Bothell Mayor Andy Rheaume

Bothell Mayor Andy Rheaume

Shape Bothell’s public safety future – Vote! / Guest editorial

  • Tuesday, October 9, 2018 9:39am
  • Opinion

Fall is in the air – my favorite time of year. Leaves are turning sensational colors, the Seahawks are playing and Halloween is right around the corner. And then the big event – an election!

Elections matter. Outcomes often hinge on just a few votes. We are fortunate to live where citizens govern themselves. But that comes with an awesome responsibility: voting.

The Bothell City Council unanimously voted to place two important public safety measures on the ballot this election. This followed a comprehensive assessment of public safety demands and financial resources. The outcome of the ballot measures will determine the kind of city that Bothell is in the years ahead.

Proposition 1 adds more police officers and firefighters to address key public safety concerns including drug and property crimes, school safety and traffic enforcement, especially in school zones. More public safety personnel means increased focus on repeat crimes and greatly improving the ability of the city of Bothell to connect people in crisis with needed resources. Additional firefighters and a new aid car will help improve medical emergency response times in Snohomish County.

Proposition 2 funds the replacement of two outdated fire stations – Downtown and Canyon Park. The existing stations are at the end of their useful life. The new stations would include enhanced health and safety features to protect firefighters, modern communications technology and equipment, and additional space to accommodate more staff, including industry-standard separate sleeping quarters for male and female firefighters.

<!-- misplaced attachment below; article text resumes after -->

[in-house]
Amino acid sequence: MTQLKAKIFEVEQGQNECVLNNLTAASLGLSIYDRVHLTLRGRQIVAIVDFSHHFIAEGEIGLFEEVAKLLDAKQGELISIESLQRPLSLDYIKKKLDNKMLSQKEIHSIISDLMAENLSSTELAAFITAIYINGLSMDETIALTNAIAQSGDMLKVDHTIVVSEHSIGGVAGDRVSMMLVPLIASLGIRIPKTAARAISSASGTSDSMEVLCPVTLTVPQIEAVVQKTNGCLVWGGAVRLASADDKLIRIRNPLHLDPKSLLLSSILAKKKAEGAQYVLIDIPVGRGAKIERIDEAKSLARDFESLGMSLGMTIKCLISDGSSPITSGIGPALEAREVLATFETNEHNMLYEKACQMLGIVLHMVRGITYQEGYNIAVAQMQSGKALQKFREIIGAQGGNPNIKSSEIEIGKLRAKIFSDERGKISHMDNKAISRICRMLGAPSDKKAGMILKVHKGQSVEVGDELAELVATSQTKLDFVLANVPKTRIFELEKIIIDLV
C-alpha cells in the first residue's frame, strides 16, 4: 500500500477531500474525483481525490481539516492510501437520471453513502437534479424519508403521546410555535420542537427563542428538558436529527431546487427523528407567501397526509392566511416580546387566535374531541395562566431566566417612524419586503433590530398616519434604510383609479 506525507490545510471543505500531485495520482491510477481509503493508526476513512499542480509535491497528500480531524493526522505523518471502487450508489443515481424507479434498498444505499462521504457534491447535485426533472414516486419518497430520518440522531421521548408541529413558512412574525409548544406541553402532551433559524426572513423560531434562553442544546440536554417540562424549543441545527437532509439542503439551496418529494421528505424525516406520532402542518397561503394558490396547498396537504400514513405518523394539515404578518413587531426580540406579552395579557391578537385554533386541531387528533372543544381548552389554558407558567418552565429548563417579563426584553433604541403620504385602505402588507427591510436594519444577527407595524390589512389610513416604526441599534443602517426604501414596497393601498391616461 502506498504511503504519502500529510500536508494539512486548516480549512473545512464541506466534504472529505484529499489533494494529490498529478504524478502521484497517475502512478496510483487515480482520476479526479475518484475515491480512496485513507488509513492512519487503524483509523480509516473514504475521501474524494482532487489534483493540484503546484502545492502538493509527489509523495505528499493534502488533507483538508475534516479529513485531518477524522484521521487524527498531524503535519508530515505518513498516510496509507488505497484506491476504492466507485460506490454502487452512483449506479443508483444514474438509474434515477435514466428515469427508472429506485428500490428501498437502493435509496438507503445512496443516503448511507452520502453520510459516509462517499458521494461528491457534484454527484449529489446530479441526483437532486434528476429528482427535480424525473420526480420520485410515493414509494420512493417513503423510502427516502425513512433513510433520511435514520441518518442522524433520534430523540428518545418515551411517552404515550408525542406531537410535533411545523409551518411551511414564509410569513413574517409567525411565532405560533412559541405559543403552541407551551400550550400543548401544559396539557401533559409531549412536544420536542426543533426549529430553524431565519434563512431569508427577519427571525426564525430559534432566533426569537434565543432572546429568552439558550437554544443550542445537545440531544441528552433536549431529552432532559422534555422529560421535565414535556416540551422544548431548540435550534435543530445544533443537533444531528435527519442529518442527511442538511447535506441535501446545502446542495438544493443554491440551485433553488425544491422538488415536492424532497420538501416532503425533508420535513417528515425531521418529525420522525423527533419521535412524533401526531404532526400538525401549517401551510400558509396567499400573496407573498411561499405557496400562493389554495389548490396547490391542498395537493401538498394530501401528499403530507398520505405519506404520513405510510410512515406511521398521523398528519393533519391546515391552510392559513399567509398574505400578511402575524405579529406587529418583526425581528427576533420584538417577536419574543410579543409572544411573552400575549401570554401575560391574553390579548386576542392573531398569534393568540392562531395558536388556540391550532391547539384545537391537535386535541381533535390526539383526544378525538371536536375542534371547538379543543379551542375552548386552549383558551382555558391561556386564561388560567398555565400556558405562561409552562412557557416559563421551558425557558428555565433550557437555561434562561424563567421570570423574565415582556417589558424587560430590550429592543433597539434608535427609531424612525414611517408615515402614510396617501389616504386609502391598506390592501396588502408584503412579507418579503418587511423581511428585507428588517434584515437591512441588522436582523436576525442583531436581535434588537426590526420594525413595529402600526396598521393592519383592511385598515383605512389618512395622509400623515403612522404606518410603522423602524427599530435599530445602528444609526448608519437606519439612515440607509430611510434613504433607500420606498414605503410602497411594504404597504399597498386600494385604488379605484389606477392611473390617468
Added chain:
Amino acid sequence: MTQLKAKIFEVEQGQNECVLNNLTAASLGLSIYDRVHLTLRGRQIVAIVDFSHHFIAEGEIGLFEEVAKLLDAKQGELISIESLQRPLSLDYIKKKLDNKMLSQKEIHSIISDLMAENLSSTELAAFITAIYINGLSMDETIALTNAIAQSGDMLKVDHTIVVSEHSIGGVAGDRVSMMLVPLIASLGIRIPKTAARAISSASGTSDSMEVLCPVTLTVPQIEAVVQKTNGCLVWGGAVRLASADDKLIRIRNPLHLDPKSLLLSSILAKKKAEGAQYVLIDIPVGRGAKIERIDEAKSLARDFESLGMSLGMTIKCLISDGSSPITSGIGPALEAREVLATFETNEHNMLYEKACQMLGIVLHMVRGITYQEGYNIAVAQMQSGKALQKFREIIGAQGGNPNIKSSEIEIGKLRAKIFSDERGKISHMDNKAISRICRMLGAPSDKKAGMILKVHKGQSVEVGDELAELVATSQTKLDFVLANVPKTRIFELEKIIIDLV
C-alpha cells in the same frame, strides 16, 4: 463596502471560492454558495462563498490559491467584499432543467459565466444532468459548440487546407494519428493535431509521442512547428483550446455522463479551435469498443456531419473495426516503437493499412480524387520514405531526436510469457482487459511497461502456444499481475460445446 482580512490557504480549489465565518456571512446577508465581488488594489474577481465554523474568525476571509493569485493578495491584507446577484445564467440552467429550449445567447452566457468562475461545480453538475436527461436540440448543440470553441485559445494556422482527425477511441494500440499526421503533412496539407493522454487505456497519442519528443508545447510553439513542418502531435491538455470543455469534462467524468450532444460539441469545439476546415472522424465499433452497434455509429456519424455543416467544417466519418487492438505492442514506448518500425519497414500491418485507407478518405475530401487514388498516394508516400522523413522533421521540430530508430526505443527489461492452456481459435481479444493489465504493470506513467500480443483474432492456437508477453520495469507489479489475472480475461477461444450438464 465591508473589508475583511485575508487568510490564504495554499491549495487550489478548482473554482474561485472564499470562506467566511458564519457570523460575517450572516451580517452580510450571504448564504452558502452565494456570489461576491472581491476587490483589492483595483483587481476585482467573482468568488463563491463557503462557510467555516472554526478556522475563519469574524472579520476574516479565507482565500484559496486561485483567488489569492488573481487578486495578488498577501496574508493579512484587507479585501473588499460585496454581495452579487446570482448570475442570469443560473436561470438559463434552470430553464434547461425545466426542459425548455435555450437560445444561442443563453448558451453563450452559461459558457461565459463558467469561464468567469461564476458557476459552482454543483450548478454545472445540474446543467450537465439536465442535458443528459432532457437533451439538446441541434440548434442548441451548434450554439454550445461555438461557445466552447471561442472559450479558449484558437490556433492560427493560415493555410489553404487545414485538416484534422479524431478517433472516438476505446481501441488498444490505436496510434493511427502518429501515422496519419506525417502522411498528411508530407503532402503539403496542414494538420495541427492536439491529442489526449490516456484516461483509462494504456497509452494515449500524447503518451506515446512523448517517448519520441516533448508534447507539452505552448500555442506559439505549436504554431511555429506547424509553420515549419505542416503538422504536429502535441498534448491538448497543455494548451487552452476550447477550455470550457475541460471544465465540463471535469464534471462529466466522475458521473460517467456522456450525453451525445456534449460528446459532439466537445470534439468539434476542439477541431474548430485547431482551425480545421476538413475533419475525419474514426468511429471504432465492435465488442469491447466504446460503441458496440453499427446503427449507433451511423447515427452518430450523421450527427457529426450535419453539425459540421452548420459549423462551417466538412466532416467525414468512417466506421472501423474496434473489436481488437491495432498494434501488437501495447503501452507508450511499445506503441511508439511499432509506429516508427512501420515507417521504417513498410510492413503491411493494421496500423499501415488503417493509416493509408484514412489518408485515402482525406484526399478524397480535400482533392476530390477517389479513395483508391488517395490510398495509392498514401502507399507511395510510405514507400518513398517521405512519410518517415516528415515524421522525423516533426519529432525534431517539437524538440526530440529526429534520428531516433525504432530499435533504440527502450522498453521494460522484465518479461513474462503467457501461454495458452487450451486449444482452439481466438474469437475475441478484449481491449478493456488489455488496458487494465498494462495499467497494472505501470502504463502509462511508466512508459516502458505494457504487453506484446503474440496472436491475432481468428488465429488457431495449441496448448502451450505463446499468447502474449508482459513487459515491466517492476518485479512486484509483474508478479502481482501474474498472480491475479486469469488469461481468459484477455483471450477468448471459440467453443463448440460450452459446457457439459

Maintaining public safety in Bothell is increasingly challenging. We are facing greater demands due to more people in crisis in our community, a growing population, and financial resources capped by law. Expanded legal requirements are increasing the time it takes to process cases. Handling one “driving under the influence” arrest, for example, can require seven or more hours of a police officer’s time. That’s time the officer is not available for 911 responses, school safety or actively patrolling neighborhoods for crime.

We expect our first responders to be safely at the scene of emergencies faster and to be prepared for more kinds of incidents. Our fire department is stretched thin and working out of outdated facilities.

The City Council is committed to providing cost-efficient services. But the reality is we’re losing ground every year as the cost of providing services continues to grow faster than the revenue streams available to us. It is up to the voters to decide if you want to fund public safety at the level the City Council thinks it needs to be.

If Proposition 1 is approved, the owner of a $500,000 home would pay approximately $220 per year ($18.33 per month). Proposition 2 would be about $130 per year ($10.83 per month).

Public safety is one of the City Council’s highest priorities and, I believe, it’s a top priority for our community. We all want to live, work and play in a safe place.

Enjoy fall in Bothell and get involved. Check out the details on Proposition 1 and 2 at bothellwa.gov/publicsafety and/or in your Voter’s Pamphlet when it comes in the mail. Remember to vote by Nov. 6. If you have questions please email me at andy.rheaume@bothellwa.gov.

Andy Rheaume is the mayor of the city of Bothell. He has served on the City Council since 2012. Visit bothellwa.gov/publicsafety to learn more about the propositions.

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